However, the big unknown at the third quarter is cost inflation. Food input inflation was already creeping up 3 months ago, but well reported labour shortages and supply chain disruption across the economy is likely to have increased that pressure.

Still, with new products launching, new stores opening and delivery also proving popular the group will hope it can continue to deliver the impressive growth baked into market expectations.

See the Greggs share price, charts and our latest view

Unless otherwise stated estimates, including prospective yields, are a consensus of analyst forecasts provided by Refinitiv. These estimates are not a reliable indicator of future performance. Past performance is not a guide to the future. Investments rise and fall in value so investors could make a loss.

This article is not advice or a recommendation to buy, sell or hold any investment. No view is given on the present or future value or price of any investment, and investors should form their own view on any proposed investment. This article has not been prepared in accordance with legal requirements designed to promote the independence of investment research and is considered a marketing communication. Non-independent research is not subject to FCA rules prohibiting dealing ahead of research, however HL has put controls in place (including dealing restrictions, physical and information barriers) to manage potential conflicts of interest presented by such dealing. Please see our full non-independent research disclosure for more information.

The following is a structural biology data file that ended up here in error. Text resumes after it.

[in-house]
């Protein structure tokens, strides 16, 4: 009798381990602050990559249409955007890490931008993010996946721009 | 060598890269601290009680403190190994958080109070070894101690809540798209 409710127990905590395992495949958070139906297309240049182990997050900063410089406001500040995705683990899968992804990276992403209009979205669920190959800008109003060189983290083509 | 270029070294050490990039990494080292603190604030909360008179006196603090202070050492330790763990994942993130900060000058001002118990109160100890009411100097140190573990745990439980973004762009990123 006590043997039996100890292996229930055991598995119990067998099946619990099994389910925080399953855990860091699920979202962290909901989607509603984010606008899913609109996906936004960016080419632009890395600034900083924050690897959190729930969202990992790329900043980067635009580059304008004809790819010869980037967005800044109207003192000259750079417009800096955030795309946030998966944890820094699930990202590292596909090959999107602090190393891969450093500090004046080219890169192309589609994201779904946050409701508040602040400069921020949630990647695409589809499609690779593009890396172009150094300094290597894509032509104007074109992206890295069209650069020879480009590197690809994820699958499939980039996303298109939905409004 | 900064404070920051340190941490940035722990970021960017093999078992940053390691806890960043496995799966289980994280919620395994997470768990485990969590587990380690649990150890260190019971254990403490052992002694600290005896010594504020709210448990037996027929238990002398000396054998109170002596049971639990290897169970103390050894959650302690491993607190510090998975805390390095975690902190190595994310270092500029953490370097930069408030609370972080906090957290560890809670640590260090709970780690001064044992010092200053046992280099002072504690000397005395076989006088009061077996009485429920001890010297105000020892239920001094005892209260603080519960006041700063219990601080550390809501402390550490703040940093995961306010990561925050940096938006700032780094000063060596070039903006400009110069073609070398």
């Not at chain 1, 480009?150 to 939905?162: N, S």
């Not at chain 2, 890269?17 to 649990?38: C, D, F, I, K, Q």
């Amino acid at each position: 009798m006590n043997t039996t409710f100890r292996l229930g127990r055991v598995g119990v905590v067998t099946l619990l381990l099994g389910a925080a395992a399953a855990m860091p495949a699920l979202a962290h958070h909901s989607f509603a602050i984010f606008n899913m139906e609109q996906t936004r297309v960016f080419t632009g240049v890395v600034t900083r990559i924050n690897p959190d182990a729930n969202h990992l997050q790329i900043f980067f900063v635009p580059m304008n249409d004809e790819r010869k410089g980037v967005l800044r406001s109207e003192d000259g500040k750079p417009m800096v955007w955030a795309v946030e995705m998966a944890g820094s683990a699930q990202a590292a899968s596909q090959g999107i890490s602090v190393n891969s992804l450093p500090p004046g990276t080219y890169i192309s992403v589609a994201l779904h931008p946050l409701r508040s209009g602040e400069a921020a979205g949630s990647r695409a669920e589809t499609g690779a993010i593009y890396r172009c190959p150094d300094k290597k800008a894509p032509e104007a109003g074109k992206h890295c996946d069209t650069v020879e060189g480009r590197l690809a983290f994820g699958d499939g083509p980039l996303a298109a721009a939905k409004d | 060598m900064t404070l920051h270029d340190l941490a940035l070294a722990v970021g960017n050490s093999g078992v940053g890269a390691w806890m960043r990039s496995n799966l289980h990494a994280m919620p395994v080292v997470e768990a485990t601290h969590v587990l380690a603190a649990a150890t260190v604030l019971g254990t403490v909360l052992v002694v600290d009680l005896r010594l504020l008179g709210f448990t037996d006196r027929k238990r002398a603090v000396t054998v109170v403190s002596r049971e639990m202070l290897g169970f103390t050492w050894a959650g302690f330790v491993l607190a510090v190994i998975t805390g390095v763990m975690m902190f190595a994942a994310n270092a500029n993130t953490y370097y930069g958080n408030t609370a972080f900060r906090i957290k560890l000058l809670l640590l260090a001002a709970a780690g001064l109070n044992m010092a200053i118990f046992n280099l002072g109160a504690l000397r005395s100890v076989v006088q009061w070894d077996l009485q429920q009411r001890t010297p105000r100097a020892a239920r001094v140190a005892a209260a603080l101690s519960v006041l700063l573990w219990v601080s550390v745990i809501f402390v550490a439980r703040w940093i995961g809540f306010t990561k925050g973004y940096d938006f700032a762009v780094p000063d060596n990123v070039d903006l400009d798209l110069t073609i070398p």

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    Important notes

    This article isn’t personal advice. If you’re not sure whether an investment is right for you please seek advice. If you choose to invest the value of your investment will rise and fall, so you could get back less than you put in.